BOSTON – When Kristaps Porzingis finally fell asleep around 1 p.m. 4 last Thursday morning, he still wasn’t sure if a trade to the Boston Celtics would happen.
The initial three-team deal that Porzingis had thought would bring him to Boston, where the LA Clippers had fallen through. And finally he decided that he simply had to go to bed and leave his fate to the morning.
“It was a crazy day for me,” Porzingis, sitting between Celtics coach Joe Mazzulla and president of basketball operations Brad Stevens on a stage at the Auerbach Center’s practice court Thursday afternoon, said with a broad smile. “I was going to sleep and then I heard the news that the deal didn’t go through, so it kept me awake a little longer.
“But then at four in the morning at home, I thought, ‘OK, I’ll go to bed and see what happens’.”
What happened, it turned out, was that the deal actually went through, and Porzingis found his way to the Celtics in a three-team deal with the Memphis Grizzlies and his former team, the Washington Wizards.
“[When I woke] up in the morning, I saw that it happened, the trade happened,” Porzingis said, “and I was just extremely excited and extremely happy.”
Those two words — “excited” and “happy” — came up a lot during Porzingis’ roughly 20-minute press conference Thursday. After spending the first eight years of his NBA career playing in a combined 10 playoff games — and never getting out of the first round — Porzingis made it clear he was excited about the prospect of joining a contender.
“[It was] an opportunity to already play for a really good team and be able to add to that,” Porzingis said when asked what went into his decision to pick up his $36 million player option to facilitate the trade.” And hopefully helping these guys, making their lives easier, and being at a high-profile organization like Boston, historic franchise, iconic franchise, made it extremely easy for me to make that decision.”
Porzingis, a 7-foot-3 lightweight, is coming off arguably the best season of his career. In 65 games during his only full season with the Wizards, he averaged a career-best 23.2 points per game. game with 8.4 rebounds and 1.5 blocks.
It’s been a bit of a rollercoaster for him the past couple of seasons. In 2019, he was traded from the New York Knicks to Dallas, where he was expected to be the second star the Mavericks sought to pair with Luka Doncic long-term. Instead, it was a partnership that showed brief flashes of promise but ultimately resulted in Porzingis being shipped to Washington at the 2022 trade deadline for guard Spencer Dinwiddie and forward Davis Bertans.
Porzingis said he has matured both physically and mentally over the last several years and feels he is entering a great situation as he approaches what he believes will be his best years in his career.
“I think these are the best years for a basketball player,” said Porzingis, who turns 28 in August. “You’re there physically and mentally you get to another level. I think the work paid off for me. I looked at my game, I looked at how I could be more efficient and just really analyzed myself and it paid off from last season, all the work I put in off the court to stay healthy.
“My body is maturing and it helped to get up to that age and I think I have some great years at a high level ahead of me.”
That’s certainly what the Celtics hope and expect will be the case after landing Porzingis in a deal that involved trading Marcus Smart, Boston’s longest-tenured member and emotional leader as well as the NBA’s 2022 Defensive Player of the Year.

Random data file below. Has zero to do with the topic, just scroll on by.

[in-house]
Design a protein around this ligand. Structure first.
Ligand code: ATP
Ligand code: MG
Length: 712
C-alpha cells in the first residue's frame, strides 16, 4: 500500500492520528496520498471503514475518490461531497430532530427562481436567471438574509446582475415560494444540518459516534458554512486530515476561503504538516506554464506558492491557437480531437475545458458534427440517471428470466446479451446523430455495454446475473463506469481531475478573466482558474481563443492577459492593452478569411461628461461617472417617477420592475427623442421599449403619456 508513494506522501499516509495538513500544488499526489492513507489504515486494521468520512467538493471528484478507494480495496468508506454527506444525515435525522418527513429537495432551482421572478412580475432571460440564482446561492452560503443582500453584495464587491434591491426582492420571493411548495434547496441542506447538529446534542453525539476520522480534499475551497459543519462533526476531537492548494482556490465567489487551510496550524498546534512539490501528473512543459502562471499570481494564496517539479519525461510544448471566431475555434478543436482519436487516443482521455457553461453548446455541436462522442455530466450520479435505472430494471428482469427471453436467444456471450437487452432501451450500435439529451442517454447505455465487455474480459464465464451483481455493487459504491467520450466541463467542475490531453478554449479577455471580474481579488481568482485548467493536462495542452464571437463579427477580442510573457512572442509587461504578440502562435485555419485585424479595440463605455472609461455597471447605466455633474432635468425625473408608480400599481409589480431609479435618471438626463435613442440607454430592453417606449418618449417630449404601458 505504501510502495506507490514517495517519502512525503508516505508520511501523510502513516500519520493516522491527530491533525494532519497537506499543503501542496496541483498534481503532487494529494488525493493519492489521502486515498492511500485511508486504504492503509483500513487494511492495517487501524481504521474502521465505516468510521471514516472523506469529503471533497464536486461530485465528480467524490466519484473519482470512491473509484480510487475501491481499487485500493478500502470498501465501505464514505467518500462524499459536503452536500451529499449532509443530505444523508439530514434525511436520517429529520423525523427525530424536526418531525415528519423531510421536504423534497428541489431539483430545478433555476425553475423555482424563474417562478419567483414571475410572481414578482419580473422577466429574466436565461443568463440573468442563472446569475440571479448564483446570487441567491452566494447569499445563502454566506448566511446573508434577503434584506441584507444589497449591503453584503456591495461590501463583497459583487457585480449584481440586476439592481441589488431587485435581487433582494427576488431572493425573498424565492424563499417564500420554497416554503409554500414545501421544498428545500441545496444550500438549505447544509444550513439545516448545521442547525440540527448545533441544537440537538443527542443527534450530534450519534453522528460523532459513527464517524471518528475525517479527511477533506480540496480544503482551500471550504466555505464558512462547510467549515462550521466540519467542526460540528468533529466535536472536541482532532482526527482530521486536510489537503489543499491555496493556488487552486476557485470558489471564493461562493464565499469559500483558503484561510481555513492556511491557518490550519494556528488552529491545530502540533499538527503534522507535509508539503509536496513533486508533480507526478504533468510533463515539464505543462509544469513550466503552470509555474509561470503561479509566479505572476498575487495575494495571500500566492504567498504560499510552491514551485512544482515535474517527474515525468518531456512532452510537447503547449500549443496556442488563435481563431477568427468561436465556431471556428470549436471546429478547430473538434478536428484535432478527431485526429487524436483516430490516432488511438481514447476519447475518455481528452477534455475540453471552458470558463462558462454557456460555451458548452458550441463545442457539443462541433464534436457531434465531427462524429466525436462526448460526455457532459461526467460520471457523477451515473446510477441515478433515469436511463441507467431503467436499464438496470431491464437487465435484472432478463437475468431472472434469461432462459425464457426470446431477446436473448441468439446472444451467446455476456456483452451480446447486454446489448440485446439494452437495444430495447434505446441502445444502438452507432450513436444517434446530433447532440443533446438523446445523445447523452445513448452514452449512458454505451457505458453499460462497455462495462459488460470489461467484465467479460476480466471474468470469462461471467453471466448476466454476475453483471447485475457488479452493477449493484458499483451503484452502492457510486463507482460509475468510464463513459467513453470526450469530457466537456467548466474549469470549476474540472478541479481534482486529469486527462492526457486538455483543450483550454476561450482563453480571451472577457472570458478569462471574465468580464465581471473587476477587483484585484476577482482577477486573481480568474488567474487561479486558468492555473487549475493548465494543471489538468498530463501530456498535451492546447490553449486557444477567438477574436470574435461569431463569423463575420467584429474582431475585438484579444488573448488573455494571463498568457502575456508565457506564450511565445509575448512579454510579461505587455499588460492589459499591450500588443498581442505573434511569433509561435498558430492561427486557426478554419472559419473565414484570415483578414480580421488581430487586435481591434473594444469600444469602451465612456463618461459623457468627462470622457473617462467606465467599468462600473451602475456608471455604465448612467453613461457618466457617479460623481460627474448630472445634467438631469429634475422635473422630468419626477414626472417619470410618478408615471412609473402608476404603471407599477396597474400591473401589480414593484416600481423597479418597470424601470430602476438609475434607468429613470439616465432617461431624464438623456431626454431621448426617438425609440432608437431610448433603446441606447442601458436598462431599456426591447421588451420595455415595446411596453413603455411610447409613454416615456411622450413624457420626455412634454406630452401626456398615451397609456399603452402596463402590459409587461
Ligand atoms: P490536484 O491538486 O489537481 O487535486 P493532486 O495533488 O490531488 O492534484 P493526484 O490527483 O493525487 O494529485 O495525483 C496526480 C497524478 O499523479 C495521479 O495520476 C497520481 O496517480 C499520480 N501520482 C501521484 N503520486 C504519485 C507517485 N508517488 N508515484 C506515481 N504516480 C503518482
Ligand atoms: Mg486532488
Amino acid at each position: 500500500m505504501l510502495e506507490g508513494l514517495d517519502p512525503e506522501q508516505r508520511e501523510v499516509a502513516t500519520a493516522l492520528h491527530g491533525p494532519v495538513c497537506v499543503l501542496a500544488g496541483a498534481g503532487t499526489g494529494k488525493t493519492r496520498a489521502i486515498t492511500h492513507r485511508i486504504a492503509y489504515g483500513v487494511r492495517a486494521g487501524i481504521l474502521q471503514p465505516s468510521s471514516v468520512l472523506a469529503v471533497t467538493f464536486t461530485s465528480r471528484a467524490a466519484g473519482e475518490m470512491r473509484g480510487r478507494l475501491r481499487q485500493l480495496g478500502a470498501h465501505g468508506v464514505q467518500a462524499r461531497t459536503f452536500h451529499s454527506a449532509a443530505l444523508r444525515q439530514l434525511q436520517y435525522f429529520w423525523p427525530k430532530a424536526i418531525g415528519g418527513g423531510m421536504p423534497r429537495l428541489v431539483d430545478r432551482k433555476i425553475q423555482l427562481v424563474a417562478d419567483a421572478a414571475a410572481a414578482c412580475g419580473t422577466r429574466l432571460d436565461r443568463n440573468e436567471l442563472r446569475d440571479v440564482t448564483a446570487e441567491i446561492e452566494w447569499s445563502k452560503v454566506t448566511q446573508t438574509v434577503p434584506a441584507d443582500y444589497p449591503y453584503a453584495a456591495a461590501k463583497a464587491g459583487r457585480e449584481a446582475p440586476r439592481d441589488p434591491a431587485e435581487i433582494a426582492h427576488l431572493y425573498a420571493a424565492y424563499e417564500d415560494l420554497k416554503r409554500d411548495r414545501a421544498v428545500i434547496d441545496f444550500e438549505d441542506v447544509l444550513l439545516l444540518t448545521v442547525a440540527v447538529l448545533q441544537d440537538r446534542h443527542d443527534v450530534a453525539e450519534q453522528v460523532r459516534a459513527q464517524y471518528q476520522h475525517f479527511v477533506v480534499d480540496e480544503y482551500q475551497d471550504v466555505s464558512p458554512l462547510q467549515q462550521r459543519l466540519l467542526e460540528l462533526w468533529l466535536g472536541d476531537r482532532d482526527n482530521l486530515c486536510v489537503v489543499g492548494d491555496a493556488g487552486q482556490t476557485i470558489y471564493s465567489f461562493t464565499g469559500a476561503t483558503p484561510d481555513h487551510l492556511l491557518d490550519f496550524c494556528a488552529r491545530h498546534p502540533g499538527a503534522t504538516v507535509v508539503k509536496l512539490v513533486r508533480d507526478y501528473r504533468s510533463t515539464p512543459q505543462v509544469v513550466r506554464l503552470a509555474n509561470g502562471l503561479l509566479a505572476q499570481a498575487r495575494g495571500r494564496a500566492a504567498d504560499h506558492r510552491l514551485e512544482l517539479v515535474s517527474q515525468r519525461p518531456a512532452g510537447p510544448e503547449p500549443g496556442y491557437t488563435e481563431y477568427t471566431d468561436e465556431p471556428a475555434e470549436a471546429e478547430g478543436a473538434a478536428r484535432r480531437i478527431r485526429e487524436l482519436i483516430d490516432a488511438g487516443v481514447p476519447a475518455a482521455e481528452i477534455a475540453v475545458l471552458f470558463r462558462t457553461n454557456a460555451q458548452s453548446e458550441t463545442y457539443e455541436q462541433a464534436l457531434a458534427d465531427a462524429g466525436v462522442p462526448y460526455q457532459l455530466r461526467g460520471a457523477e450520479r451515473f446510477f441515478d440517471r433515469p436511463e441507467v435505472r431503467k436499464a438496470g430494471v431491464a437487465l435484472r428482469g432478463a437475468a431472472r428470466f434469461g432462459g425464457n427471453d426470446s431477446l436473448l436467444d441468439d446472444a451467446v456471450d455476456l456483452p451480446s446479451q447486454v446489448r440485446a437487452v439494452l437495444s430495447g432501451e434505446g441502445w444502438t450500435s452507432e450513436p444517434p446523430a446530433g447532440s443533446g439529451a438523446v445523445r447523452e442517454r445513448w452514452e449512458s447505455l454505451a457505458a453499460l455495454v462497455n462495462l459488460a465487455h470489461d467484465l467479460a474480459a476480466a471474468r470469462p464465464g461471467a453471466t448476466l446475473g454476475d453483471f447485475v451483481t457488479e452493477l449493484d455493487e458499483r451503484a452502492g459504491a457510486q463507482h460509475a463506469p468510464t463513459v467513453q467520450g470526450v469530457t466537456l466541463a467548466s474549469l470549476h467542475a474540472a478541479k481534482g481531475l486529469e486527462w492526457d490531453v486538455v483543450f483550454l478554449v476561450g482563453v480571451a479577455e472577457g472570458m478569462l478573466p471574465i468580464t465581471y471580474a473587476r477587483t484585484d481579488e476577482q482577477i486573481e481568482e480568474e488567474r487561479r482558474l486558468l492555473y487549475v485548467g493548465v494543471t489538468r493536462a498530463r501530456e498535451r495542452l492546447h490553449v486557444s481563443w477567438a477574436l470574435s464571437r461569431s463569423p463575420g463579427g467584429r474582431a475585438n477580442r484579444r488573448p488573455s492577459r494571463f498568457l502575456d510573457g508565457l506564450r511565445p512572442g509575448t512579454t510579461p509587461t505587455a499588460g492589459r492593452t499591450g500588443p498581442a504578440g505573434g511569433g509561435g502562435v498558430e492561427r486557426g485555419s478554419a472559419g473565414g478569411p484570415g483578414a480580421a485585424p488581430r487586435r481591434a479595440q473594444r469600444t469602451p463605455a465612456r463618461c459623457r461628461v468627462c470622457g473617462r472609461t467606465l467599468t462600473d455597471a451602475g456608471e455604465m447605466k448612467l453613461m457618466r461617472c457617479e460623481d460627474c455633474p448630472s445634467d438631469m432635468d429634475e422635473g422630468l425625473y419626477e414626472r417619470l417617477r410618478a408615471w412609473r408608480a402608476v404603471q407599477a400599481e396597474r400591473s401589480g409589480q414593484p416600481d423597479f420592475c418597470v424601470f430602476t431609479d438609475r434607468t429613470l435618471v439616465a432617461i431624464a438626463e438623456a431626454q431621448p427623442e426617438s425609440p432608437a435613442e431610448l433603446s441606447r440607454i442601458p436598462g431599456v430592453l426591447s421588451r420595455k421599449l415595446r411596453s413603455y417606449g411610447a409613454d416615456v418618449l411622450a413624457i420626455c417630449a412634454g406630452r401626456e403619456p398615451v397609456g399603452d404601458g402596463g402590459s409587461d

Moving Smart for Porzingis represented a shift for Boston on several fronts. That’s especially true on the heels of the Celtics losing in seven games to the Miami Heat in the Eastern Conference Finals after nearly coming back from a 3-0 deficit. The most obvious and discussed aspect of the deal was losing Smart’s voice from the locker room.
Stylistically, however, the deal represents a dramatic restructuring of the Celtics’ roster. Boston’s defense in recent seasons has often relied on having interchangeable defenders across the board, and for much of last season coach Joe Mazzulla leaned toward playing smaller, faster lineups. Porzingis, while a strong rim protector, isn’t mobile enough to function in such a scheme, and at 7-foot-3, is one of the league’s tallest players.
Boston will also look very different on the offensive end. Smart has served as the team’s point guard for the past two seasons and was arguably the Celtics’ best passer. And despite his preference for smaller, faster lineups, Mazzulla made it clear he prioritized 3-point shooting. Porzingis, a career 36% 3-point shooter on 5.1 attempts per game, shot 38.5% – the second-best percentage of his career – on 5.5 attempts last season. He was also one of the league’s most effective post-up players, giving Boston a different look offensively that way as well.
“Just how he can take some pressure off Al [Horford] and Rob [Williams]how we can play double-big, how we can continue to use Kristaps the same way we used Al and how we can get better,” Mazzulla said when asked how he viewed Porzingis’ fit with Boston’s roster . “So obviously with his ability to play out of the post, I think it’s going to take some pressure off our guys and add another dimension to our offense.”
The other theme Porzingis emphasized in his press conference was that he hopes to find ways to take pressure off Jayson Tatum and Jaylen Brown. He said he was looking forward to playing with them and taking advantage of the space they create by attracting so much attention.
“I want to come here to make life easier for those guys,” Porzingis said. “Hopefully, with my skills and my talent, I can take some pressure off those guys. And that’s it. I’m coming here to try to make this team better. And I’m excited to play with high-level guys that have been there from year to year and already have that experience. So I think it can be a great combination.”